And what of the resources that Mozilla does still retain? Well a lot of resources are entrenched in the various aspects of Mobile. While others appear to be bumbling around never quite achieving much in the open . Now that’s not to say that said developers aren’t achieving lots, but there’s less transparency in Mozilla of late and of course that’s down to where they presently find themselves in the grand scheme of things. Whether it’s another Mozilla move in homage of the way that Google handle things with Chrome or if it’s just regret and paranoia, it seems to be something that Mozilla are hoping no one seems to have noticed.
Time for Mozilla’s Firefox for Android is running out, the train is fast approaching beta and that’s where people put reviews in the Android market. As things currently stand, the present Nightlies aren’t even usable as a browser. Not that Mozilla acknowledges users would actually like to use it in that fashion. But it’s likely that, based on how the browser is working at present, they’re likely to get a real hammering from the average users who are expecting Firefox for Android to work. And of course there’s still the possible class action lawsuit for voluntarily handing over all their private data to Google without so much as a notification let alone a question of choice.
Mozilla should’ve spent it’s last eighteen months in talks with the likes of Samsung and Sony. The conversation should’ve been centred around providing the browser built in to televisions and Playstations. They should’ve also spent that time improving the clearly neglected and not-so-forward thinking platform so as that they could provide users with Thunderbird for Android. Those aren’t the greatest of feats on their own but they grow Mozilla’s usage and usage guarantees cheques. Another thing that seems to have fallen victim to Mozilla’s tunnel vision is Image Search, Google’s efforts in that area now have it as clear competitor to TinEye and it will come to the fore more and more; there was a separate cheque to be cut with that one.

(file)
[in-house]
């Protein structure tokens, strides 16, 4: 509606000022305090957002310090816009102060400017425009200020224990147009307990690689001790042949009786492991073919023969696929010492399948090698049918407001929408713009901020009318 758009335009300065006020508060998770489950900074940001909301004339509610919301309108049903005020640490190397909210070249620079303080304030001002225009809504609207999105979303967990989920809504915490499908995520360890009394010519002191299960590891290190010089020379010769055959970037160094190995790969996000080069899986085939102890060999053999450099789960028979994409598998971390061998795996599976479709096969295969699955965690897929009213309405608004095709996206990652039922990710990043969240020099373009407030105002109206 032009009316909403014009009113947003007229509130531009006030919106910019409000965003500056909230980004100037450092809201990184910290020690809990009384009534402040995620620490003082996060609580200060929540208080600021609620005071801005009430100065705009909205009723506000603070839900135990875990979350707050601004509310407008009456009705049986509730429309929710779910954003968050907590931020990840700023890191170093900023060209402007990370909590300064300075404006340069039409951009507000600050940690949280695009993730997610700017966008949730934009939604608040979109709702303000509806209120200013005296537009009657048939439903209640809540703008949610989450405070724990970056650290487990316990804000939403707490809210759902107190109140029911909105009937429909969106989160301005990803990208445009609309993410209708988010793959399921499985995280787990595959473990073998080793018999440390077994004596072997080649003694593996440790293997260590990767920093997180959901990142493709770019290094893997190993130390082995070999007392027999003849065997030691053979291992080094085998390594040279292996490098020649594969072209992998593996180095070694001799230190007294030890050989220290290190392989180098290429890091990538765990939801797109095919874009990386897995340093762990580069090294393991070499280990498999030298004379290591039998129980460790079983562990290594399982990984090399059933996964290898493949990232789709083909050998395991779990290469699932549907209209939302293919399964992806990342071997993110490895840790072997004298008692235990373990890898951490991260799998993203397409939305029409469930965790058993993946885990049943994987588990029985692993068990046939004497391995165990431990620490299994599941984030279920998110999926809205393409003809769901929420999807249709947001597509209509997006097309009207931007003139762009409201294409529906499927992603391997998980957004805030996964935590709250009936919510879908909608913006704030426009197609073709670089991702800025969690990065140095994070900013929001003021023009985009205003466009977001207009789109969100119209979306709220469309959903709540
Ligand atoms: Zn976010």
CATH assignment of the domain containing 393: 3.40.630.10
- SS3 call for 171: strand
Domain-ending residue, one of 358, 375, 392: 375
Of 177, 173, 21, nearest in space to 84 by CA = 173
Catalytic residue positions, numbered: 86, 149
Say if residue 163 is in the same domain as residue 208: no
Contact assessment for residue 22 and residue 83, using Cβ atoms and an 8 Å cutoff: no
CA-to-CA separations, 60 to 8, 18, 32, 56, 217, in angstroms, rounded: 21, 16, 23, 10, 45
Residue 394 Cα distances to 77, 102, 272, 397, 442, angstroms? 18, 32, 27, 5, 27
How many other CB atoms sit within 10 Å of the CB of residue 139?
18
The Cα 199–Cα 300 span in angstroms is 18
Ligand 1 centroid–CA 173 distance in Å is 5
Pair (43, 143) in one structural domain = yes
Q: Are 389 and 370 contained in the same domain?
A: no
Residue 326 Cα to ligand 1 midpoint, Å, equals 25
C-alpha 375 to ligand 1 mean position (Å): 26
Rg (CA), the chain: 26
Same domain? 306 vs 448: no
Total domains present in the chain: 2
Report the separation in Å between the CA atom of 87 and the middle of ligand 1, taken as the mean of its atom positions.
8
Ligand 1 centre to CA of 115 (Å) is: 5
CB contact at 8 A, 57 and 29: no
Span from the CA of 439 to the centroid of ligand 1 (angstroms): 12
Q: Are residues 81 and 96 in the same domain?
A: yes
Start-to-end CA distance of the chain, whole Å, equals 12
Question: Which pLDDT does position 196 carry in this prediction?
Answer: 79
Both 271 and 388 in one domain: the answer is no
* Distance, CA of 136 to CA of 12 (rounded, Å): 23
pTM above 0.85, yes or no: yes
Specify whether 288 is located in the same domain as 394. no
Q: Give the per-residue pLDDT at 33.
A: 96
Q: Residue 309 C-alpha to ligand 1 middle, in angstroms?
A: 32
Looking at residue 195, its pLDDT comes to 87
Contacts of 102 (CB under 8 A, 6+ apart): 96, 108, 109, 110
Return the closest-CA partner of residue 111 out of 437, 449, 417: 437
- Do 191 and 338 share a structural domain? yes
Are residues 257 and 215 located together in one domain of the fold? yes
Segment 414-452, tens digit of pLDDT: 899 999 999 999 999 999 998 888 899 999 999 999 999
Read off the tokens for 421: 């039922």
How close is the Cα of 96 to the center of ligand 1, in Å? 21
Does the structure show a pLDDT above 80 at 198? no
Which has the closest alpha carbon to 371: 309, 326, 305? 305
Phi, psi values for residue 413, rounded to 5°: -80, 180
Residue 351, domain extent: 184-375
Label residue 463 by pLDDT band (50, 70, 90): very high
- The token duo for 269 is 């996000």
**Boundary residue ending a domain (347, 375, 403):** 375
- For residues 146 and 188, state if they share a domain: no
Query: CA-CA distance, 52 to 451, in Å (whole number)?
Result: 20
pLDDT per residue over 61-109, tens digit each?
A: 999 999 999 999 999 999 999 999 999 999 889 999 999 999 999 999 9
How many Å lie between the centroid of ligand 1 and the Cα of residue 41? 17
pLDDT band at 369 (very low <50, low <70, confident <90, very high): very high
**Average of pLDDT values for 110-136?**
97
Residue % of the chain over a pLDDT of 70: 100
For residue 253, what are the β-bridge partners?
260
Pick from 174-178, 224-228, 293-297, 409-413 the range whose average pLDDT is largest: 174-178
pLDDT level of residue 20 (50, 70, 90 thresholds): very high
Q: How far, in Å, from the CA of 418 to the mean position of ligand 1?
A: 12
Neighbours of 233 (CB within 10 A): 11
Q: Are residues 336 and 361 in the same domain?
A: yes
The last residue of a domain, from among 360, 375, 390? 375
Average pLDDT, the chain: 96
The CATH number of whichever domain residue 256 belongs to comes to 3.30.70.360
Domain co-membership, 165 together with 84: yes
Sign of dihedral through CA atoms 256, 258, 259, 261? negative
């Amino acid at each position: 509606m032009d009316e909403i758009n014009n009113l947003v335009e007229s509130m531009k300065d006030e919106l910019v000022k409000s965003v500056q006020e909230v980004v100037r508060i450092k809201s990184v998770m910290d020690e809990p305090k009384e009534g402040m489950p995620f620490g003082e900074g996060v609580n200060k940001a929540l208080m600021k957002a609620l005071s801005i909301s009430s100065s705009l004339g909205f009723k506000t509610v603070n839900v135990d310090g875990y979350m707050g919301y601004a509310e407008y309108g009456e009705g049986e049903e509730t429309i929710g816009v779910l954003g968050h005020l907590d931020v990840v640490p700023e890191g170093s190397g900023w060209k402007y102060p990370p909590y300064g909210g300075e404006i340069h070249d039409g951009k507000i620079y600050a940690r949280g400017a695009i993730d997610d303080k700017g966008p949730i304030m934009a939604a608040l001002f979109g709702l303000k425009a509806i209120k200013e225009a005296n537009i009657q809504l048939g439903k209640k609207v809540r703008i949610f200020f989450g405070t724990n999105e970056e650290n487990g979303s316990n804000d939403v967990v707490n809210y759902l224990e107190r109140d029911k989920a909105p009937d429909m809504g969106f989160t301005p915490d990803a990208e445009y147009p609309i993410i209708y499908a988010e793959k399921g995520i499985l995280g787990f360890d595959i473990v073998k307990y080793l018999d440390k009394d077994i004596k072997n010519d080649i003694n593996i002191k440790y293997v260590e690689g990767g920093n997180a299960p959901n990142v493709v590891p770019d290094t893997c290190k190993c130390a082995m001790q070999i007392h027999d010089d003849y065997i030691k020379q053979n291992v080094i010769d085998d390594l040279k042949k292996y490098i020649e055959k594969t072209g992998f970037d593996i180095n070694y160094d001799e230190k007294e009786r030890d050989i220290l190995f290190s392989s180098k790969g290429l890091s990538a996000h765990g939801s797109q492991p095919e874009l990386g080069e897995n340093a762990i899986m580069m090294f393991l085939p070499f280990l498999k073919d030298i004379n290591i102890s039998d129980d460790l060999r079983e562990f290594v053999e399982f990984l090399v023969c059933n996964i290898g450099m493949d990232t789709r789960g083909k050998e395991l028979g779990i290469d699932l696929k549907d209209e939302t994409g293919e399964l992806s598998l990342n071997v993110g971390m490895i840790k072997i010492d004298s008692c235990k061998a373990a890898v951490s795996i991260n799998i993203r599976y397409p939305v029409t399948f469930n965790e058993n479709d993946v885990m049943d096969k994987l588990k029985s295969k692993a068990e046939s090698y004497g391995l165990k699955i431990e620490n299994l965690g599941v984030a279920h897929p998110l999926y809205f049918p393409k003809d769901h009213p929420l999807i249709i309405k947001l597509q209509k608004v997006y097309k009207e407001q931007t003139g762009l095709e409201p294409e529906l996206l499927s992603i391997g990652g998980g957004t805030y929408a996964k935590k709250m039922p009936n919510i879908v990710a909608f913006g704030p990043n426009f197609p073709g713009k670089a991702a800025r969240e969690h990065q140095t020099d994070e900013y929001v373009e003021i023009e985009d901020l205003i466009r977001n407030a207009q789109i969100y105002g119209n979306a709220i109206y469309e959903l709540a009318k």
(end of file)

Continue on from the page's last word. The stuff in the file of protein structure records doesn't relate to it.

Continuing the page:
Mozilla is apparently on a big recruitment drive at the moment, bringing back disgruntled ex-community members and contributors and saying “hey, you once cared, come back and make it better as a job”. Will it work? Who knows. But if it enables them to catch up to Google’s Chrome it could be a good thing for the internet as a whole and force Chrome not to follow the universally hated road that Microsoft done with Internet Explorer. Though of course the PR from Google would attempt to make them look innocent in that regard.
So this time round at least, it wasn’t about being in danger of losing the Google deal, it was just about making sure they had enough to move forward. But if they fail to use the money to drive the company forward, this will indeed be what marks the beginning of the end. Let’s hope that the personality of the user experience team comes to the fore also, because money being used correctly or not, if they can’t arrive at solutions other than what Google has arrived at, people will simply give up on Mozilla.